In the last 20mins of cooking time left, caramelize the remaining 3 tbsp of sugar reserved earlier in a non-stick pan. When it turned an amber dark colour, turn off the heat and pour the caramel into the slow cooker mixture, stirring with a silicone balloon whisk at the same time. It will bubble up a little but it will not splash. Cook it further until time is up and off the switch.

When it's cooled down a little, run a hand blender through the thick mixture until it's all smooth. Pour it into a sterilized glass jar and cover tightly with the lid. Let it cool to room temperature before spreading and keeping it in the fridge.

Some points to note, you need not pour all the caramelized sugar in if you do not like a too dark colour of the kaya. You can use 3/4 cup of sugar instead of a cup. Any more less sugar will not be recommended since sugar is what preserves the jam. You can make serikaya by blending the coconut milk with the leaves and you'll probably need more leaves. You can only make serikaya with fresh pandan leaves. Try using frozen pandan leaves and you'll get a greyish looking jam. I suppose by now, you could tell I'm talking from past horrible experience, don't you?Yes you can use pandan paste and all and I do have them in the pantry, but I'm in the mood for au natural today so be it!

Let me share a secret with you, I lick my pink whisk clean before I wash them. Don't pretend like you don't!

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Ham and Cheese Bread Ring

Posted by Quinn at Thursday, October 22, 2009 2 comments Links to this post

I initially make these for a couple of good reasons:

I want to utilize my 17cm chiffon pan and not just use it for making chiffon which I don't make very frequent.

I have leftover ham and cheese waiting in the fridge for me and they're just begging to be used.

It's been ages since I last made savoury buns or breads.

I planned to submit this for World Bread Day 2009 but later changed my mind because I wanted something more simple, classical and yet elegant which was why I ended up submitting my White Milk Bread.

This was nice but a bit on the saltish side, maybe because I have used salted butter, added the salt, use more ham and more cheese. Opppss......trying to finish up leftovers! But the texture of the bread was really good, even without any eggs. I will try using this as basic sweet bun dough recipe and cut down the sugar the next time I feel like making bread again but to make savoury bread, this is a real winner!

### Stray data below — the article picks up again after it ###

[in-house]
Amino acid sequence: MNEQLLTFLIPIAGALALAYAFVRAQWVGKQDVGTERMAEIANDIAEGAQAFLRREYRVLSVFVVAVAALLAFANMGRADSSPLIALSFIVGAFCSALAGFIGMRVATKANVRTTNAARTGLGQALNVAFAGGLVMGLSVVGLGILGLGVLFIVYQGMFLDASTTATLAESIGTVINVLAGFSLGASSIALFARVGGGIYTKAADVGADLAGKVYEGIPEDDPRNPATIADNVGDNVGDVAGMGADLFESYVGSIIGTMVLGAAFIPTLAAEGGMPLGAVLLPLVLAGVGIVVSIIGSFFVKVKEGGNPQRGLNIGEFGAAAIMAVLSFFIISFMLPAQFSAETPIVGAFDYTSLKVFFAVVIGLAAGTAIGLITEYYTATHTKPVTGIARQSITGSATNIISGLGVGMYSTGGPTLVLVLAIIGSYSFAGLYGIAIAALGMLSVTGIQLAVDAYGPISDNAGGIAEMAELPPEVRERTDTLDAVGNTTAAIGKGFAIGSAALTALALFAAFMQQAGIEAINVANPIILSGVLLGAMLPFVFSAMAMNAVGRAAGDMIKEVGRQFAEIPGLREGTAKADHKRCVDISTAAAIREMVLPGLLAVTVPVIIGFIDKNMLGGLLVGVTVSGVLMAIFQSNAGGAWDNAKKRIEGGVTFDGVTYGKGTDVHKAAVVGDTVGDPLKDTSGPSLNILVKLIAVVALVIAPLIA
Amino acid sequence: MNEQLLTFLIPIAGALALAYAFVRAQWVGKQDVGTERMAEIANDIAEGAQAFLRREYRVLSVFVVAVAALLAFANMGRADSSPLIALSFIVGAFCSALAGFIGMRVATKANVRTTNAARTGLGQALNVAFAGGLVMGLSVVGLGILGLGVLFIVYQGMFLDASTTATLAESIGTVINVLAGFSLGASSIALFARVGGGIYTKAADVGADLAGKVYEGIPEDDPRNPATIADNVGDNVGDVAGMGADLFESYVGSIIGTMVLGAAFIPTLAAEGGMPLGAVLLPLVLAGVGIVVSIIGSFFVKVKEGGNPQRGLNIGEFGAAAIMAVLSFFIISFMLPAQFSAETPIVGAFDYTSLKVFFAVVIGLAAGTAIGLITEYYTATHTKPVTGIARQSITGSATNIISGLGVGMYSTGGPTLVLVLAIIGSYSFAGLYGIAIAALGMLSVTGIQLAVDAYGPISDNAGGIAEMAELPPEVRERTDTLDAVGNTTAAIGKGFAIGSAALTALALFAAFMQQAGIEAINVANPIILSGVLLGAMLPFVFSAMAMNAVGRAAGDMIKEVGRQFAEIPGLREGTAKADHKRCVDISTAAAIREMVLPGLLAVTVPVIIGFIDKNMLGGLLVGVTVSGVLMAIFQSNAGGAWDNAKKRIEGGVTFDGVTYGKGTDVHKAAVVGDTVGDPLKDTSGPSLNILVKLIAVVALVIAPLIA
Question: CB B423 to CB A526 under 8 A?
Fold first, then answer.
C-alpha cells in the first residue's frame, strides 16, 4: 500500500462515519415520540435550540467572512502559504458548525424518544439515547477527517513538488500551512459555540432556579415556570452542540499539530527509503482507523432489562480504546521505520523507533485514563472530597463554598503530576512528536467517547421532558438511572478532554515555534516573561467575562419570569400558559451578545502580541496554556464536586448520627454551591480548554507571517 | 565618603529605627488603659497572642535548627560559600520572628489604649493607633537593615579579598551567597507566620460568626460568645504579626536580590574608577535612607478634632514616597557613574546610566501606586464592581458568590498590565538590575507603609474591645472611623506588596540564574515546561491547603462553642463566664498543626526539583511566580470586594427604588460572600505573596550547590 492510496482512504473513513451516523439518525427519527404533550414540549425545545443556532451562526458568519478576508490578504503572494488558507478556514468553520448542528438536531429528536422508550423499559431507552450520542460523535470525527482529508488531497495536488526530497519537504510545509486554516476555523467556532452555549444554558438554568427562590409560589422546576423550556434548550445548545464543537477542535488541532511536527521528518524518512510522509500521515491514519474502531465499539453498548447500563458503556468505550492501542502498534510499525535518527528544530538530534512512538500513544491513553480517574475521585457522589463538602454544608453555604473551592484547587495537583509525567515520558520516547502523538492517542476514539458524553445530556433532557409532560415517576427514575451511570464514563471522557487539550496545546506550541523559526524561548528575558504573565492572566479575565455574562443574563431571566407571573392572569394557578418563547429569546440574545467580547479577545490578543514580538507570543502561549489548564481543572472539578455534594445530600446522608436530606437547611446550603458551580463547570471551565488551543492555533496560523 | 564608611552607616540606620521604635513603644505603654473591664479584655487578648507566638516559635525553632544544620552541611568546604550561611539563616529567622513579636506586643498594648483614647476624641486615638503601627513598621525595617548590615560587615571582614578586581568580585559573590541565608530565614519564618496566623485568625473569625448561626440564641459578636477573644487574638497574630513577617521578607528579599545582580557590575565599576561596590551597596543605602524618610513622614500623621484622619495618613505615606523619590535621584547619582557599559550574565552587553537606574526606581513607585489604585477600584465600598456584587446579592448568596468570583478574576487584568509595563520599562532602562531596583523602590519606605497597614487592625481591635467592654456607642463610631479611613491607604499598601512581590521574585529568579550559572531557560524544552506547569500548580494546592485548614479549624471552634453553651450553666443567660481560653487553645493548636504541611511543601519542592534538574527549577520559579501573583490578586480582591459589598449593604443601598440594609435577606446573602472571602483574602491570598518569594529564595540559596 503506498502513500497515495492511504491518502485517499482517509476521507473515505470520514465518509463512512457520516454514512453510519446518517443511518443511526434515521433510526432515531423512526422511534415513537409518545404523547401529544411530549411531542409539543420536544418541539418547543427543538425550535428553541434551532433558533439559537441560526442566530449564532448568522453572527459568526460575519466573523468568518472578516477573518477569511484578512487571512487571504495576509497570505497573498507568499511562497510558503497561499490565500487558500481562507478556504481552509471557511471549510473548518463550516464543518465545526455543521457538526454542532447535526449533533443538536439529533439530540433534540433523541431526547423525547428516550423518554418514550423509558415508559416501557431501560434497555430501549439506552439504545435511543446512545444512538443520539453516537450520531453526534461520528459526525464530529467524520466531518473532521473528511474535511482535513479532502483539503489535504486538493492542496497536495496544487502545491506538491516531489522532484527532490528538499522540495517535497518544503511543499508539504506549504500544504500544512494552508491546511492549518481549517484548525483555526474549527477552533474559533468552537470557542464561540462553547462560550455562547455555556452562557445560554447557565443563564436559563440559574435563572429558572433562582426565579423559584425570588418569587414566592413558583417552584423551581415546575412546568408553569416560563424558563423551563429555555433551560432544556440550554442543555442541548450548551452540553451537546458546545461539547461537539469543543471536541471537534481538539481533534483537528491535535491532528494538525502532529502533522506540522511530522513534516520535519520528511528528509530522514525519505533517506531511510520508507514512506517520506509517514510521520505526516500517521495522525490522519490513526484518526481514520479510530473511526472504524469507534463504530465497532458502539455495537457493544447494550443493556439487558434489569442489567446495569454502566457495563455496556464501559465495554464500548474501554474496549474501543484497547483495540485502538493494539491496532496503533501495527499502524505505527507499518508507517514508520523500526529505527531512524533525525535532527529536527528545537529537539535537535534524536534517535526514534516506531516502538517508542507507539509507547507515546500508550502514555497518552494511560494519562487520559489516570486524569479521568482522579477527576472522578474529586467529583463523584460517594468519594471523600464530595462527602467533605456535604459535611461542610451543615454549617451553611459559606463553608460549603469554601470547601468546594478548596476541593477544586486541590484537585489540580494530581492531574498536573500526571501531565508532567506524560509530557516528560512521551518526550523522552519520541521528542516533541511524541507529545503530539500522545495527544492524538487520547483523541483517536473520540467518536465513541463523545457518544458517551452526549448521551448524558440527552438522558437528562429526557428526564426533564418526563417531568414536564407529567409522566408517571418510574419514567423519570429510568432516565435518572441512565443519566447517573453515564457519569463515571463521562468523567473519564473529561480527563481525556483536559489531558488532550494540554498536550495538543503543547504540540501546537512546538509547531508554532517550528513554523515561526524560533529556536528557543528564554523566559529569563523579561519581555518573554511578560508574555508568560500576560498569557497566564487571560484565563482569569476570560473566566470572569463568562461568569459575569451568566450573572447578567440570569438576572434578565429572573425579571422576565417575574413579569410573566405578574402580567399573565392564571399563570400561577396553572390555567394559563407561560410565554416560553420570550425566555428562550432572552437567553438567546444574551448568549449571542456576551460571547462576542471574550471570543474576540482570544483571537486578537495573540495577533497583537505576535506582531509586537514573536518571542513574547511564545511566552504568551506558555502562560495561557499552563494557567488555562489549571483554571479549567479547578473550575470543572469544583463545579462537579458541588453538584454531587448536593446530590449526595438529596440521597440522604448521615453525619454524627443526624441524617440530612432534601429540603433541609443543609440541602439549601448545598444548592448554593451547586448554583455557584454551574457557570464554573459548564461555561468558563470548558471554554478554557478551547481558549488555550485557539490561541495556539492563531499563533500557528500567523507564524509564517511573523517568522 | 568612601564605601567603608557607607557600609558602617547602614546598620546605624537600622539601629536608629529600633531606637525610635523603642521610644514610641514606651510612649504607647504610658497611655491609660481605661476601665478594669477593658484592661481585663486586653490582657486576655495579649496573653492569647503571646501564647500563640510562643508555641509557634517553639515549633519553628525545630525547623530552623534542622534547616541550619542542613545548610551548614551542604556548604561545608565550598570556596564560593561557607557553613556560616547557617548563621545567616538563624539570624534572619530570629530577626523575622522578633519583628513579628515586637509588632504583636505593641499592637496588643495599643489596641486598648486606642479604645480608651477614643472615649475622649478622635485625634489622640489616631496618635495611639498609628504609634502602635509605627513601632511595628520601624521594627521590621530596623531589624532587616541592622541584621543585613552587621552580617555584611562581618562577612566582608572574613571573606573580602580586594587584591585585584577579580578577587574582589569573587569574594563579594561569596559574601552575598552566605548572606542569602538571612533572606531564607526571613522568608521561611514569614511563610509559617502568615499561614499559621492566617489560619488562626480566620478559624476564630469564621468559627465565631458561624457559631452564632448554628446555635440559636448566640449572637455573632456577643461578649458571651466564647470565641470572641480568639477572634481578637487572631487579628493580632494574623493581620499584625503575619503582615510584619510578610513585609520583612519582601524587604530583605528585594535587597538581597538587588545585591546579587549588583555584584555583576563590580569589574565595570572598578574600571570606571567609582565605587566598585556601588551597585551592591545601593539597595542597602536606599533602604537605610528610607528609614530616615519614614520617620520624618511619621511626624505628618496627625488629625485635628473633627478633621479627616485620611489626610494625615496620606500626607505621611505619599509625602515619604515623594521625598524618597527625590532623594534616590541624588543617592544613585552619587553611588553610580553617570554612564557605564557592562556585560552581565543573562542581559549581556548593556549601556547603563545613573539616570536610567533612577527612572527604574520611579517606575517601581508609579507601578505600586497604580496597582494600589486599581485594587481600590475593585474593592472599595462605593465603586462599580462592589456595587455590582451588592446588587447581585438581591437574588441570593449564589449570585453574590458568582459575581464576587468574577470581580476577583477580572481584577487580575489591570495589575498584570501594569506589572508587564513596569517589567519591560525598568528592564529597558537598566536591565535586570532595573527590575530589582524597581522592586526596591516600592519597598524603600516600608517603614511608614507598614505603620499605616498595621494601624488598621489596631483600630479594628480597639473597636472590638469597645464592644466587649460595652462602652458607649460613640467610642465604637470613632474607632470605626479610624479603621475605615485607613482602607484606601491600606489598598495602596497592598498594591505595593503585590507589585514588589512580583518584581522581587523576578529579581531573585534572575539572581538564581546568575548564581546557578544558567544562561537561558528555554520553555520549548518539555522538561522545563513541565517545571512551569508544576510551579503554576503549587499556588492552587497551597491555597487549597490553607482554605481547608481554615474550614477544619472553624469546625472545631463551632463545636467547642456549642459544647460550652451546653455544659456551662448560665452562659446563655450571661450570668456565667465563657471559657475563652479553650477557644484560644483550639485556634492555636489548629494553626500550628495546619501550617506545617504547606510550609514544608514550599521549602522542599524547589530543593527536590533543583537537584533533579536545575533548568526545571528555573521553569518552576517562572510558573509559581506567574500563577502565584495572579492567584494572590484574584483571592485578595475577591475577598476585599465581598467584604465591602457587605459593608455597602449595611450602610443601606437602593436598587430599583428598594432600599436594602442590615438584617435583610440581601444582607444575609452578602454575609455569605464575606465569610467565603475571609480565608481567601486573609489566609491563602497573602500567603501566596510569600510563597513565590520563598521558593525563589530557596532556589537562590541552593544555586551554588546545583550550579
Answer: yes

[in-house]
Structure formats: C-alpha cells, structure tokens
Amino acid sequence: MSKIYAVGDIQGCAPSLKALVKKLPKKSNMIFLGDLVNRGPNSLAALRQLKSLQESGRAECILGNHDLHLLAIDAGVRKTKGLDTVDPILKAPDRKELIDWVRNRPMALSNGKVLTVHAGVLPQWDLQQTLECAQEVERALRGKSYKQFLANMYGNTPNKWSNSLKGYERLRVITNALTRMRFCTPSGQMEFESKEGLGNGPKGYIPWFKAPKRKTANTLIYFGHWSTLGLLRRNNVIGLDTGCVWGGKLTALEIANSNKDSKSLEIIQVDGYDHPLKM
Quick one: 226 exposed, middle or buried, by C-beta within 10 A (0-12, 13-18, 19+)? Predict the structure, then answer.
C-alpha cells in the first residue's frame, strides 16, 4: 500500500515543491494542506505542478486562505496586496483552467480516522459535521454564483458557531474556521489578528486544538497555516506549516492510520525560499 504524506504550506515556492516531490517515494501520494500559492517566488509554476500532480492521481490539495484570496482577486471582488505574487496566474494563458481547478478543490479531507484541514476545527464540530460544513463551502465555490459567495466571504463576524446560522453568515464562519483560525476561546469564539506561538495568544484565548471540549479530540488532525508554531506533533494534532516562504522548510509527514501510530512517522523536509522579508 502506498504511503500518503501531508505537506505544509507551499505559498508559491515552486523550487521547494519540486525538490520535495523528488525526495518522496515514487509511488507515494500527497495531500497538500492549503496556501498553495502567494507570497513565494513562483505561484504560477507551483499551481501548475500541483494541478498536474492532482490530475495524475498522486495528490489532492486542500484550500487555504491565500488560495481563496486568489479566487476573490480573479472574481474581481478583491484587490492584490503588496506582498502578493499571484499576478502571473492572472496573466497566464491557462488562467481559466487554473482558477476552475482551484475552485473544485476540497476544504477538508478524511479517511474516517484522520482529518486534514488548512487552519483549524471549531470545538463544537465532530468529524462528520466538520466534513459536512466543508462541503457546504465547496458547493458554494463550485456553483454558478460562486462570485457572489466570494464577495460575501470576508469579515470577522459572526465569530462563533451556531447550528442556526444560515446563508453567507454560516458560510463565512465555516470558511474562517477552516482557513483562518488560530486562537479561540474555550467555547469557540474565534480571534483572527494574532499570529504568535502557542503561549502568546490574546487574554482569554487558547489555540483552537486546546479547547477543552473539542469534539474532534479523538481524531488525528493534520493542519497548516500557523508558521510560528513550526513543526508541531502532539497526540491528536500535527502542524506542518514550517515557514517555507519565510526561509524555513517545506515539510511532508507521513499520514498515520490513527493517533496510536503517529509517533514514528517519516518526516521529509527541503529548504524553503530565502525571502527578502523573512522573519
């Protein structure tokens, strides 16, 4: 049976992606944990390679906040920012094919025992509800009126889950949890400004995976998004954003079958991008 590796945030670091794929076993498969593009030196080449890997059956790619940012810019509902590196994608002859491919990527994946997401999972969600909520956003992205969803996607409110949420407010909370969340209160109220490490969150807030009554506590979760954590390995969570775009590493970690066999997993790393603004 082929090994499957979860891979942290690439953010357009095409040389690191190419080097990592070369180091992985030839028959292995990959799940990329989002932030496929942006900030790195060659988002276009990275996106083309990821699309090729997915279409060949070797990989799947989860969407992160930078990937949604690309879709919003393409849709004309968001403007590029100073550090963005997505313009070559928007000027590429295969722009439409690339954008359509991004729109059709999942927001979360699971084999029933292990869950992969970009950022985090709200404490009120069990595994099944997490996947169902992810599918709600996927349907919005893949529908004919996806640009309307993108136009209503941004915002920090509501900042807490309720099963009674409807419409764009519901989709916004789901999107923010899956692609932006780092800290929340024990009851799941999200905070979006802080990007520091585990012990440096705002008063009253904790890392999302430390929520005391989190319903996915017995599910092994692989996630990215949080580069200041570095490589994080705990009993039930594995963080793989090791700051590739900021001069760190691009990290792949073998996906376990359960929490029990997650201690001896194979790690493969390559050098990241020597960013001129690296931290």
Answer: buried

Adapted from Pook of Daily Delicious
(click here for recipe)

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Wednesday, October 21, 2009

Mini Bundt Cake Tower

Posted by Quinn at Wednesday, October 21, 2009 1 comments Links to this post

I am officially very happy because yesterday was the last day I ever need to attend class in my entire life. I do still have lotsa datelines to meet for assigments and projects but at leadt I don't have to wake up wee early and sleep later anymore.

I am lagging behind my post because I am churning stuffs in the kitchen faster than I could do the write-ups.

Anyway, I still would like to give way for my old post for this mini bundt cake tower. It's the same steamed chocolate cake recipe but I made them in mini bundt mould and pour over a 1:1 ratio chocolate ganache and sprinkle them with hundreds and thousands.

I think they look pretty elegant. Happy anniversary honey! I just couldn't find the candle so we both do without it. I quartered the original recipe and yield 24 mini bundt cakes.

Will have bread post after this but for now, gawk at these chocolatey bundt photos!